World Woes and Texas Terrors Give Balladeer Michelle Shocked Her Name, Game and (Unwanted) Fame
11/07/1988 AT 01:00 AM EST
11/07/1988 AT 01:00 AM EST
Skinny and pale, she wears the uniform of the defiant: close-cropped hair, black T-shirt and sweats, a British sailor's cap and black high-tops. Attitude? She can spread coyness over a knuckle sandwich. When asked how old she is, she snaps, "A smart woman finds an age and sticks with it; I am twenty f——-g five."
But when the lights go down and Michelle Shocked, the singer whose new album, Short Sharp Shocked, is rising on the pop charts (and who actually is about 25), picks up her acoustic guitar, it's another story. Out pour haunting lyrics about homelessness, heartache, and the pain of growing up different in a tiny east Texas town.
Likened to a young Bob Dylan and hailed enthusiastically by the Washington Post as "a full-scale Arrival," the angry young woman can't seem to stand the fuss. "I'm not impressed," she says. "I don't have much respect for people who try to be successful."
Shocked's fans have made her successful anyway. She has found her biggest following in Europe, where she now lives, but her roots and her songs' roots are deep in the Texas hills. The daughter of Bill Johnston, a part-time carny-ride operator, and his young wife, whose name Shocked won't reveal, little Michelle Johnston stayed with her mother after her parents' divorce in 1963. (Her nom de tune was adopted four years ago. "Says it all, doesn't it?" she says with a shrug.) Her mother, "a Tammy Bakker type," soon married a career Army man, and the family pulled duty in Maryland, Massachusetts and West Germany before settling in Gilmer, Texas, pop. 5,000.
As a teenager, Michelle cottoned neither to high school ("I had to teach my government teacher how to pronounce 'bourgeoisie' ") nor to the strict rules set by her converted Mormon mother and stepfather. So at 16, Michelle split to spend the summer with her "hippie atheist type" dad in Dallas. "Her mother wouldn't let her listen to anything but the Osmonds," says father Johnston. It was Papa who turned her on to blues and country and pushed her to buy a $75 Yamaha guitar from a corner pawnshop. "She took off and flew with it," he recalls, proudly. Michelle claims the whole change in life-style so alarmed her mother that she had Michelle hospitalized twice in mental institutions, for a total of five weeks. "I was in one in Dallas and one in San Francisco," Shocked says cryptically. "It was drugs. Lots of drugs. That's all I have to say about it." It isn't, quite. "They kept me till the insurance ran out," she adds. "I guess you can't be crazy without insurance."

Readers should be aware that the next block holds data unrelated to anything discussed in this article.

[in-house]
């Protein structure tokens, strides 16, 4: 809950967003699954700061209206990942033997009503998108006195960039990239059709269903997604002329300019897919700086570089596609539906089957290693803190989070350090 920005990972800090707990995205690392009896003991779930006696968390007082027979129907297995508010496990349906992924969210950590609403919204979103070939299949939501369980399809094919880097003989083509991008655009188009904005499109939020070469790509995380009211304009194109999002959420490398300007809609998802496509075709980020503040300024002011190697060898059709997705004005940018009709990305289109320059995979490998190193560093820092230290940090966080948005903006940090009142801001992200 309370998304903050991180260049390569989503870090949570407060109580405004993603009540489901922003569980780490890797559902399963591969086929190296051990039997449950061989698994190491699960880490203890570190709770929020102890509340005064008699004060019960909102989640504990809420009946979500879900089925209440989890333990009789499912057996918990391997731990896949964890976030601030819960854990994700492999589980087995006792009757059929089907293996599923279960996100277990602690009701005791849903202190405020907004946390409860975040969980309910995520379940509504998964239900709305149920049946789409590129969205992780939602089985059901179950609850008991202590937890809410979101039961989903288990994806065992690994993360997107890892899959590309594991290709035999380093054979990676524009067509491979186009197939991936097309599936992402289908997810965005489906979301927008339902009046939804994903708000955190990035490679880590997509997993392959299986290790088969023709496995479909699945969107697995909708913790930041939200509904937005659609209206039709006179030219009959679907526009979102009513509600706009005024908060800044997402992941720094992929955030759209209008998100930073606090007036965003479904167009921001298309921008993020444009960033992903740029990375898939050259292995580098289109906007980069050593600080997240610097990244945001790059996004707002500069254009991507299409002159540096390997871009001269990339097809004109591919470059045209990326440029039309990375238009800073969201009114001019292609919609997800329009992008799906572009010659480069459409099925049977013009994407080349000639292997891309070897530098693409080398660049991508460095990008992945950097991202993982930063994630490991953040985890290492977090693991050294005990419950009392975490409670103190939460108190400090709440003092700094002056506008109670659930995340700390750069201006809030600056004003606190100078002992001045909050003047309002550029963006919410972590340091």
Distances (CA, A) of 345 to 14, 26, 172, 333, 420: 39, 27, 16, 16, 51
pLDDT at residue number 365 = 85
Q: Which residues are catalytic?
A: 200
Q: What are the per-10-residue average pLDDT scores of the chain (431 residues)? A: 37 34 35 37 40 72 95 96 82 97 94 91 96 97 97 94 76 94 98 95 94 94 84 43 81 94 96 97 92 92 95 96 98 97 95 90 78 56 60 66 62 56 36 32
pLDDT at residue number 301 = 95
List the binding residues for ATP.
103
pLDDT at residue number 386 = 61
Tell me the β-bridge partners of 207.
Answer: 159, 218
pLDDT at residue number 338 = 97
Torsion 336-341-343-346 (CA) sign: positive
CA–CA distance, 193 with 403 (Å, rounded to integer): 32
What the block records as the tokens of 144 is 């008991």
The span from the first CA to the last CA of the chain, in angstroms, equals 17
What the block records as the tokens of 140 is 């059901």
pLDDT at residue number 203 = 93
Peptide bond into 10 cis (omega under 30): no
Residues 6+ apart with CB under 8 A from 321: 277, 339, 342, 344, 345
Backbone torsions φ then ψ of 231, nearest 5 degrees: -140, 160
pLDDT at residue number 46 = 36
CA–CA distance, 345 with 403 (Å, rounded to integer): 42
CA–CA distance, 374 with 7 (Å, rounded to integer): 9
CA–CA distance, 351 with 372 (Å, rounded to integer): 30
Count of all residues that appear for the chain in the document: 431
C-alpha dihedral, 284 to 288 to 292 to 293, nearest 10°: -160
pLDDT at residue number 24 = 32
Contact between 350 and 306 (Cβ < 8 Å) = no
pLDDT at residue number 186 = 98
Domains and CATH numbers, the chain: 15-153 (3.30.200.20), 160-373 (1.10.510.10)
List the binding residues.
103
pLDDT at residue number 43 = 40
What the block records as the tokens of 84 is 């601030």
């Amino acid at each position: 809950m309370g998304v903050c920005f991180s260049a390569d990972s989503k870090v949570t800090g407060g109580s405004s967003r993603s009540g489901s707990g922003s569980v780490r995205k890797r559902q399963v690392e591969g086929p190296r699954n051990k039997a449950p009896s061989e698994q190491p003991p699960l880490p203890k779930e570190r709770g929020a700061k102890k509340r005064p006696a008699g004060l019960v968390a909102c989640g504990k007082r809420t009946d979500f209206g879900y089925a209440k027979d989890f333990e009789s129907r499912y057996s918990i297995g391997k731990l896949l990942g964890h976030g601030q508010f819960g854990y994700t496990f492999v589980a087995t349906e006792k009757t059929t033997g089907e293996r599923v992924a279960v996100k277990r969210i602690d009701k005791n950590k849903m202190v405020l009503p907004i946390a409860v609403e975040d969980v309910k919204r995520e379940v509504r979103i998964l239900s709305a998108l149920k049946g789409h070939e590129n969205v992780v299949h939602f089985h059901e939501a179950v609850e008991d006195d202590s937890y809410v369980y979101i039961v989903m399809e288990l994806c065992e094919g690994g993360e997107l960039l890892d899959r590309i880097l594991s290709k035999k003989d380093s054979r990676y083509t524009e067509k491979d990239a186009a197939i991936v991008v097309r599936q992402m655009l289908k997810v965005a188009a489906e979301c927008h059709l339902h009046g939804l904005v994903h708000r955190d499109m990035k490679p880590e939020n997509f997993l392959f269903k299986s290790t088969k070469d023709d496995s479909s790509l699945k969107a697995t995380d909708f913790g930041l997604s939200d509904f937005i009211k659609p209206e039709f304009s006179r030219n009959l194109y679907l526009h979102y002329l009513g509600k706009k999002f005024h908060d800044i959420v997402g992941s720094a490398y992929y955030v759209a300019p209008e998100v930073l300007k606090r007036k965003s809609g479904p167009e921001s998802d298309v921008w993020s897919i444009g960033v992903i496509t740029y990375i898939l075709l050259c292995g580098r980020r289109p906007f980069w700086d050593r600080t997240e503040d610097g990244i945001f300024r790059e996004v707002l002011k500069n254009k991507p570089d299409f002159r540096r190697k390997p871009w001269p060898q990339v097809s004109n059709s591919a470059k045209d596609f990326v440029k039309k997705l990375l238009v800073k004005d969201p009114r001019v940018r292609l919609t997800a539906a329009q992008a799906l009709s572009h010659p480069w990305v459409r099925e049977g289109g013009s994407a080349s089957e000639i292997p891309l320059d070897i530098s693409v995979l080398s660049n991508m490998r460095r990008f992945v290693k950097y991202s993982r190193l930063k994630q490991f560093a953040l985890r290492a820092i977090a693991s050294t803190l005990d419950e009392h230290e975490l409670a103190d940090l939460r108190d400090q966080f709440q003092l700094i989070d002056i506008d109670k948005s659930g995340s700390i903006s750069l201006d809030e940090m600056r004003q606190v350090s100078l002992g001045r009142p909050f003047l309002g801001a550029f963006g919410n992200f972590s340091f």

Once out, Michelle raged onto the road. As a member of the War Chest Tour, a group of peace activists, she was arrested for public obscenity at the 1984 Republican Convention in Dallas and for conspiracy to block a roadway in San Francisco during a protest against a defense contractor. A photo of Shocked gripped by San Francisco cops graces her album cover.
During 1984 and 1985, Shocked says she camped out in empty New York City buildings and bummed around Europe, where, she says, she was raped in Italy. That trauma led her to the temporary haven of an Italian "women's separatist community," but "I didn't fit in there, either. I don't fit in anywhere." After returning to Texas in 1986, she was playing at the annual Kerrville Folk Festival when English producer Pete Lawrence used an old Walkman to make a crude recording of her songs—complete with trucks and chirping crickets in the background. The Texas Campfire Tapes, released in England by Lawrence, promptly hit No. 1 on the British independent charts and caught the ear of U.S. record execs. Shocked, who moved to London that year, signed a Polygram contract but accepted only $50,000 of the company's offer of a $130,000 advance. "I figured they could take the money and record some of the other people doing this music," she says. "I'm just one of thousands."
Try telling that to the crowds now making a hit of her 30-city U.S. tour. For Shocked, the pace of the road is like "being in the middle of a Far Side cartoon." Still "it gives me a chance to spit my two cents' worth of politics," which she does, on everything from the antimilitary "Hello Hopeville" to "Graffiti Limbo," an ode to New York graffitist Michael Stewart, who died while in police custody.
But that's about all she spits. She bristles at questions about love ("Who wants to know?") or her past ("What's the matter? Don't you believe me?"). What she does fess up to is a yearning to be back home—in London on a modest houseboat on the Thames. There, "I sit and think," she says wistfully. "And sometimes I just sit." At least until the road calls her again. "I'm going to just keep doing it full tilt," says Shocked. "Till I can't do it anymore."
—Susan Schindehette, and Ann Maier in Houston